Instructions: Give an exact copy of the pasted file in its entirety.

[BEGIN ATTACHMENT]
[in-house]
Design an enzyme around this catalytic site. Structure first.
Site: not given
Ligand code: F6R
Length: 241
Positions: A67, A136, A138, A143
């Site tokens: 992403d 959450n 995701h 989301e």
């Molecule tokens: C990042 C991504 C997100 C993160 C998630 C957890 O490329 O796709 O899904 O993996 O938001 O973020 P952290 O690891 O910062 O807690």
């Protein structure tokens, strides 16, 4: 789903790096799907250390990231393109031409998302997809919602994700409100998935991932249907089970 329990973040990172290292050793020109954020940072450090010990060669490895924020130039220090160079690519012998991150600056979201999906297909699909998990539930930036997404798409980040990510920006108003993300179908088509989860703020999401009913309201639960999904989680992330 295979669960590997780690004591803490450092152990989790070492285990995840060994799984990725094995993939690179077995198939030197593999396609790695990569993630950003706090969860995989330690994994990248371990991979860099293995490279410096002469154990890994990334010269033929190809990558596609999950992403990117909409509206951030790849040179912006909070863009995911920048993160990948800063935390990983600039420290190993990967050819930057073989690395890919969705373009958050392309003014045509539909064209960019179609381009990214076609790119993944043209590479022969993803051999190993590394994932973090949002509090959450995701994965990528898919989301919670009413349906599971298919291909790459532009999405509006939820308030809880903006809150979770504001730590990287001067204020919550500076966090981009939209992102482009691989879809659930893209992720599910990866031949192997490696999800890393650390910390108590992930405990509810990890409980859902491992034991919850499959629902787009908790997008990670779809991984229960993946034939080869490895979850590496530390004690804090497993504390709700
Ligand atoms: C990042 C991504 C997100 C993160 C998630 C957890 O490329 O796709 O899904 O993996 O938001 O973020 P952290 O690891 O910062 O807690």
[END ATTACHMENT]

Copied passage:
[in-house]
Design an enzyme around this catalytic site. Structure first.
Site: not given
Ligand code: F6R
Length: 241
Positions: A67, A136, A138, A143
């Site tokens: 992403d 959450n 995701h 989301e």
């Molecule tokens: C990042 C991504 C997100 C993160 C998630 C957890 O490329 O796709 O899904 O993996 O938001 O973020 P952290 O690891 O910062 O807690």
């Protein structure tokens, strides 16, 4: 789903790096799907250390990231393109031409998302997809919602994700409100998935991932249907089970 329990973040990172290292050793020109954020940072450090010990060669490895924020130039220090160079690519012998991150600056979201999906297909699909998990539930930036997404798409980040990510920006108003993300179908088509989860703020999401009913309201639960999904989680992330 295979669960590997780690004591803490450092152990989790070492285990995840060994799984990725094995993939690179077995198939030197593999396609790695990569993630950003706090969860995989330690994994990248371990991979860099293995490279410096002469154990890994990334010269033929190809990558596609999950992403990117909409509206951030790849040179912006909070863009995911920048993160990948800063935390990983600039420290190993990967050819930057073989690395890919969705373009958050392309003014045509539909064209960019179609381009990214076609790119993944043209590479022969993803051999190993590394994932973090949002509090959450995701994965990528898919989301919670009413349906599971298919291909790459532009999405509006939820308030809880903006809150979770504001730590990287001067204020919550500076966090981009939209992102482009691989879809659930893209992720599910990866031949192997490696999800890393650390910390108590992930405990509810990890409980859902491992034991919850499959629902787009908790997008990670779809991984229960993946034939080869490895979850590496530390004690804090497993504390709700
Ligand atoms: C990042 C991504 C997100 C993160 C998630 C957890 O490329 O796709 O899904 O993996 O938001 O973020 P952290 O690891 O910062 O807690």